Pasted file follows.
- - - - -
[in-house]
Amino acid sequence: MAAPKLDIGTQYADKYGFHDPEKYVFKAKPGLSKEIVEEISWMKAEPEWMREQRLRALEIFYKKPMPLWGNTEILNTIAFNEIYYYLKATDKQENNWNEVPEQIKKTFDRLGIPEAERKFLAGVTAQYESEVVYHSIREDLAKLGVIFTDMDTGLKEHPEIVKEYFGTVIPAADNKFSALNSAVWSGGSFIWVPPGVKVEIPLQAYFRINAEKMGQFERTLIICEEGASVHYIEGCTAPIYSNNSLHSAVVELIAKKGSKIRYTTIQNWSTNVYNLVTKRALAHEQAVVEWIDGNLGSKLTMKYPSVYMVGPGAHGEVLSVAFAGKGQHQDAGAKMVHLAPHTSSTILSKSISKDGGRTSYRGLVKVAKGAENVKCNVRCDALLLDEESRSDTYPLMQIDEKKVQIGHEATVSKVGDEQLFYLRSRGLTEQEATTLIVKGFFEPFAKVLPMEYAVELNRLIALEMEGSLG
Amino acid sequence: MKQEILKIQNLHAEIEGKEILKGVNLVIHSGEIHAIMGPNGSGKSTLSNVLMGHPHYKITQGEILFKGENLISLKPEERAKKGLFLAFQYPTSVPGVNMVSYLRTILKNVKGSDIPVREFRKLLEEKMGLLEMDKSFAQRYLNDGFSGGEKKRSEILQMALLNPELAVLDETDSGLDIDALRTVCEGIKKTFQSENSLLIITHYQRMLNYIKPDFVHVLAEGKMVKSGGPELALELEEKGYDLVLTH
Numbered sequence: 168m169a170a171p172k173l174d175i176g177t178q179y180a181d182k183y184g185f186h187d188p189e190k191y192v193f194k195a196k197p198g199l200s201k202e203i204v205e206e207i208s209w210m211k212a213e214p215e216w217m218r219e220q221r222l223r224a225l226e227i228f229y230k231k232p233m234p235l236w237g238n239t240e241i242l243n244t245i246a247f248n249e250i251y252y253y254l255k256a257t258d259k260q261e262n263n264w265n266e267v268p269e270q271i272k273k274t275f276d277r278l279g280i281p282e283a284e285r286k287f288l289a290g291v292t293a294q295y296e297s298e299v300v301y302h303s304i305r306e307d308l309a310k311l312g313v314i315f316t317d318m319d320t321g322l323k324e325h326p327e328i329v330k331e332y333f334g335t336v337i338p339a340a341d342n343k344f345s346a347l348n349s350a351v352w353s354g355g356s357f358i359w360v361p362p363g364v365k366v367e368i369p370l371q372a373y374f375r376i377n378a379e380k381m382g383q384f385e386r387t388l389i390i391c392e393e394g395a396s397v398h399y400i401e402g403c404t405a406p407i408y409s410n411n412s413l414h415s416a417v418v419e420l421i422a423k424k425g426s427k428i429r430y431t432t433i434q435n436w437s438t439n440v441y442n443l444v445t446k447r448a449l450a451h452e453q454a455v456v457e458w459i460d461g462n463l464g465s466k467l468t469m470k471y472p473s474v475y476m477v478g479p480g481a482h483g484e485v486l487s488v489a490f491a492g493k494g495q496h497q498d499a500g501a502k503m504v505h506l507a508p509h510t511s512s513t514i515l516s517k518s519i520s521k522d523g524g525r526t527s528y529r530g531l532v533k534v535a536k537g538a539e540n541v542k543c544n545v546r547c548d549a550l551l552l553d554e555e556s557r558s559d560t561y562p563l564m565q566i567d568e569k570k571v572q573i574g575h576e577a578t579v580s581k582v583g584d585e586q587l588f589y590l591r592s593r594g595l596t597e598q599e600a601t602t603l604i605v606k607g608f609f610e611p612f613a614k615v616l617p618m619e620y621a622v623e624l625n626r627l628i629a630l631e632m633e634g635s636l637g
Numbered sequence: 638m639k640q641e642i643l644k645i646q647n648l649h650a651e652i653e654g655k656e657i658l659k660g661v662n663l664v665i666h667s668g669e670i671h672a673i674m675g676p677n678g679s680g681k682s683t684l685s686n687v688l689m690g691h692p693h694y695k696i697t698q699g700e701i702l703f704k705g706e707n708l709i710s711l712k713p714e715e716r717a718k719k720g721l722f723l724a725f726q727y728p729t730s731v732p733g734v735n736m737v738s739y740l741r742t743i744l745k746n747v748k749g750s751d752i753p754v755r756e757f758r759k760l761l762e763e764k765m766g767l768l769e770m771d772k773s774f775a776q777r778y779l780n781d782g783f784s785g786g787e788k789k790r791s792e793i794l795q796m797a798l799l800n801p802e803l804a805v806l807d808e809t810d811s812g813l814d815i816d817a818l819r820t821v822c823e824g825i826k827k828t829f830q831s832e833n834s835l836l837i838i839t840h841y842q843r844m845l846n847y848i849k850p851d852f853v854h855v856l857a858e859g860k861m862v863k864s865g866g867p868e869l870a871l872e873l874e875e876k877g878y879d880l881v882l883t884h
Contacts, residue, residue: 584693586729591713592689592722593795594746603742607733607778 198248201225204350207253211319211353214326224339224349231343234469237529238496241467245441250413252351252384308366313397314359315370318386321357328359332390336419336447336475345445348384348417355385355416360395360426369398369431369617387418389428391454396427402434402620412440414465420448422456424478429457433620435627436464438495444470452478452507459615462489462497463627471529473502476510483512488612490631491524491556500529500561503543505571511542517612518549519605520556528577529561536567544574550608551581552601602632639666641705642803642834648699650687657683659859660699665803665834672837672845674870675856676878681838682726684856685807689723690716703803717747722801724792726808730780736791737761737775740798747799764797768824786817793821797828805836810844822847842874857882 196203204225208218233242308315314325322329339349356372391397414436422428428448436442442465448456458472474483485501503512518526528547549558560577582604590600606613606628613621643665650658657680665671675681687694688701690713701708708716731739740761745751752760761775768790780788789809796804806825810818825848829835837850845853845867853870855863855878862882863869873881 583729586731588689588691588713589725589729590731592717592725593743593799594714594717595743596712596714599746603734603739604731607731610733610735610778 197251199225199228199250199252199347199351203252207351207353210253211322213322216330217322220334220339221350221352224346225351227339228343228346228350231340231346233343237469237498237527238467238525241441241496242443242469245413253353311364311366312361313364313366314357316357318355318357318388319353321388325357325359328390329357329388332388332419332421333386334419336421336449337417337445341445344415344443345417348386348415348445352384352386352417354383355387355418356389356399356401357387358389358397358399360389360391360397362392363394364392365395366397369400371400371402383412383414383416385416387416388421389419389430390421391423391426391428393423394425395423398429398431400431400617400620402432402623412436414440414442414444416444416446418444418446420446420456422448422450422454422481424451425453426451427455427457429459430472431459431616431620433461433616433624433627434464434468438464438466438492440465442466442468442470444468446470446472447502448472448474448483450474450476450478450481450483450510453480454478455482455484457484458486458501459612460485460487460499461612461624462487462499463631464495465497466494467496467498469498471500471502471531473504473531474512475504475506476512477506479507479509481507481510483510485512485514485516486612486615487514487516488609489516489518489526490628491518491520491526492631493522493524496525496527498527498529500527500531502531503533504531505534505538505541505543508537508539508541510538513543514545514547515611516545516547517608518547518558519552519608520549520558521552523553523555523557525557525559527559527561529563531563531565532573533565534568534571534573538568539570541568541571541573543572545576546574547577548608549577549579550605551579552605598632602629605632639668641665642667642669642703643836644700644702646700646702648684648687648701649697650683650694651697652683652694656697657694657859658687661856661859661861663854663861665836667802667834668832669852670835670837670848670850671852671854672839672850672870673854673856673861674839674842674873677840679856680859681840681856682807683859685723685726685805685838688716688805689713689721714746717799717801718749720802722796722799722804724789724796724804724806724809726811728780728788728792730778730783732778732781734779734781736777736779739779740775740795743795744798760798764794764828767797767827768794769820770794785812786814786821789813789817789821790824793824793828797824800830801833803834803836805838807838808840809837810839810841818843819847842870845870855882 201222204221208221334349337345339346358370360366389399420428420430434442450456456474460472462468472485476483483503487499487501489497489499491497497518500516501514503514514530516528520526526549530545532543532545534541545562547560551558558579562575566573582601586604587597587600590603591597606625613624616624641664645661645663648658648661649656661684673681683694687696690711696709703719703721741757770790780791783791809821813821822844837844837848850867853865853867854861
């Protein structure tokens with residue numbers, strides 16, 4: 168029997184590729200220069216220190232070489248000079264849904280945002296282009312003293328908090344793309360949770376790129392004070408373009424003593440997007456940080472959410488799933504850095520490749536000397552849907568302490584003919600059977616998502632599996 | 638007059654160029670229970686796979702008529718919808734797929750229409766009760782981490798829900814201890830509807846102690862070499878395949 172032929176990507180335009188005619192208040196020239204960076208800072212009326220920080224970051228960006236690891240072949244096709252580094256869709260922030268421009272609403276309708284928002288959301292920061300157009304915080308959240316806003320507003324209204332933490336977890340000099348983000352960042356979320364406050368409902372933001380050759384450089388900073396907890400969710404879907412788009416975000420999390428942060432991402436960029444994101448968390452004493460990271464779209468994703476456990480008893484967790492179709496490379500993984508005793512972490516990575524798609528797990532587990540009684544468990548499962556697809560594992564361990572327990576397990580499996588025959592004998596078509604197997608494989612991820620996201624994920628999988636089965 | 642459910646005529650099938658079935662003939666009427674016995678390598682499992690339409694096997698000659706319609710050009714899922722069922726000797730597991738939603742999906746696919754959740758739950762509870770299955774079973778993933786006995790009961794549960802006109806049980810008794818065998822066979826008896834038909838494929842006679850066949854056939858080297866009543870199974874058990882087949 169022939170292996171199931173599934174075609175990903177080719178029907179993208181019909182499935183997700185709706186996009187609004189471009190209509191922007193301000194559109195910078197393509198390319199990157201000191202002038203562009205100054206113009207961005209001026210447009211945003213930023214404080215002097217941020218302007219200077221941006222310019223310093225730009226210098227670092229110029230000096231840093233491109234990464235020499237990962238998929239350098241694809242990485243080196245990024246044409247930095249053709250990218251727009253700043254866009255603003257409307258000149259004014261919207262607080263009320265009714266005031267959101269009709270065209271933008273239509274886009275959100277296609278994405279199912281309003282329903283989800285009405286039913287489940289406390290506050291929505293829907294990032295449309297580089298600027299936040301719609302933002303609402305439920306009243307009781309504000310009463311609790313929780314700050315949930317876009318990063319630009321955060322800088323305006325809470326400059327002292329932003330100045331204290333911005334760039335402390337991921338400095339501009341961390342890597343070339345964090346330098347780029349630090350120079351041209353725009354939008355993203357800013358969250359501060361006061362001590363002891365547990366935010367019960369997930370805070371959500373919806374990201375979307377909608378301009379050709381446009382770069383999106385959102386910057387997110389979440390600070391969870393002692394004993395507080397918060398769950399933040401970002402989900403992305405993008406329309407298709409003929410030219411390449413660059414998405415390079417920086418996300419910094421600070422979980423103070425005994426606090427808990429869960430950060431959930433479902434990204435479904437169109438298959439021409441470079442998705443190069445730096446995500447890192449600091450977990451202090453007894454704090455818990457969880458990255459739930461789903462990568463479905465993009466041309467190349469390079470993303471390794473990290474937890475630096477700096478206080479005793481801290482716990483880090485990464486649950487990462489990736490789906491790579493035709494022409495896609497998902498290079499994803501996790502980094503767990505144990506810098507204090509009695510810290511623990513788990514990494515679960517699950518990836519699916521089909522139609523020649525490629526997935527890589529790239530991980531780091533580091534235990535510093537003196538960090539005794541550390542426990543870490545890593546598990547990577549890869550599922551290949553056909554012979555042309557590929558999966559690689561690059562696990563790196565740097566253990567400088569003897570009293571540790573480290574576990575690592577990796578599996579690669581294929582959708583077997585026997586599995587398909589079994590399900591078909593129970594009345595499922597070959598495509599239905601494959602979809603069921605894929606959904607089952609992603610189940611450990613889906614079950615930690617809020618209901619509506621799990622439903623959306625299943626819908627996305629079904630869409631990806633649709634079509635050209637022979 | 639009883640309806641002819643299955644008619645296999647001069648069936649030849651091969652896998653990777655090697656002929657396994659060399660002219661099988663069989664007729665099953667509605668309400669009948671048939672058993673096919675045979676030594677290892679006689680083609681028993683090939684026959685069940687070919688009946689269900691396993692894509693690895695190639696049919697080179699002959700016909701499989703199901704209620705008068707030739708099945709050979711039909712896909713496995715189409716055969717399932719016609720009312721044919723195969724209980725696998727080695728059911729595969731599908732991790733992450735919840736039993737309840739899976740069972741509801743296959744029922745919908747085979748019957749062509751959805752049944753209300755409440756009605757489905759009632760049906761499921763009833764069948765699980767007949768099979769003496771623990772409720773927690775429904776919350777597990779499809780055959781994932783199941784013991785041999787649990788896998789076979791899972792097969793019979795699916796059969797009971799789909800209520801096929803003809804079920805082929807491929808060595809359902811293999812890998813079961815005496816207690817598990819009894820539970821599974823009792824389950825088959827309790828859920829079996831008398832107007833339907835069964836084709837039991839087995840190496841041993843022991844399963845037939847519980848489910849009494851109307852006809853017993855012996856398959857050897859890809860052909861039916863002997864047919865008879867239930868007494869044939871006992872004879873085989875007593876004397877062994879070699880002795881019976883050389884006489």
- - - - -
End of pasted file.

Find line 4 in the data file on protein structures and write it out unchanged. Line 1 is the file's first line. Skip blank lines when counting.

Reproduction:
Numbered sequence: 168m169a170a171p172k173l174d175i176g177t178q179y180a181d182k183y184g185f186h187d188p189e190k191y192v193f194k195a196k197p198g199l200s201k202e203i204v205e206e207i208s209w210m211k212a213e214p215e216w217m218r219e220q221r222l223r224a225l226e227i228f229y230k231k232p233m234p235l236w237g238n239t240e241i242l243n244t245i246a247f248n249e250i251y252y253y254l255k256a257t258d259k260q261e262n263n264w265n266e267v268p269e270q271i272k273k274t275f276d277r278l279g280i281p282e283a284e285r286k287f288l289a290g291v292t293a294q295y296e297s298e299v300v301y302h303s304i305r306e307d308l309a310k311l312g313v314i315f316t317d318m319d320t321g322l323k324e325h326p327e328i329v330k331e332y333f334g335t336v337i338p339a340a341d342n343k344f345s346a347l348n349s350a351v352w353s354g355g356s357f358i359w360v361p362p363g364v365k366v367e368i369p370l371q372a373y374f375r376i377n378a379e380k381m382g383q384f385e386r387t388l389i390i391c392e393e394g395a396s397v398h399y400i401e402g403c404t405a406p407i408y409s410n411n412s413l414h415s416a417v418v419e420l421i422a423k424k425g426s427k428i429r430y431t432t433i434q435n436w437s438t439n440v441y442n443l444v445t446k447r448a449l450a451h452e453q454a455v456v457e458w459i460d461g462n463l464g465s466k467l468t469m470k471y472p473s474v475y476m477v478g479p480g481a482h483g484e485v486l487s488v489a490f491a492g493k494g495q496h497q498d499a500g501a502k503m504v505h506l507a508p509h510t511s512s513t514i515l516s517k518s519i520s521k522d523g524g525r526t527s528y529r530g531l532v533k534v535a536k537g538a539e540n541v542k543c544n545v546r547c548d549a550l551l552l553d554e555e556s557r558s559d560t561y562p563l564m565q566i567d568e569k570k571v572q573i574g575h576e577a578t579v580s581k582v583g584d585e586q587l588f589y590l591r592s593r594g595l596t597e598q599e600a601t602t603l604i605v606k607g608f609f610e611p612f613a614k615v616l617p618m619e620y621a622v623e624l625n626r627l628i629a630l631e632m633e634g635s636l637g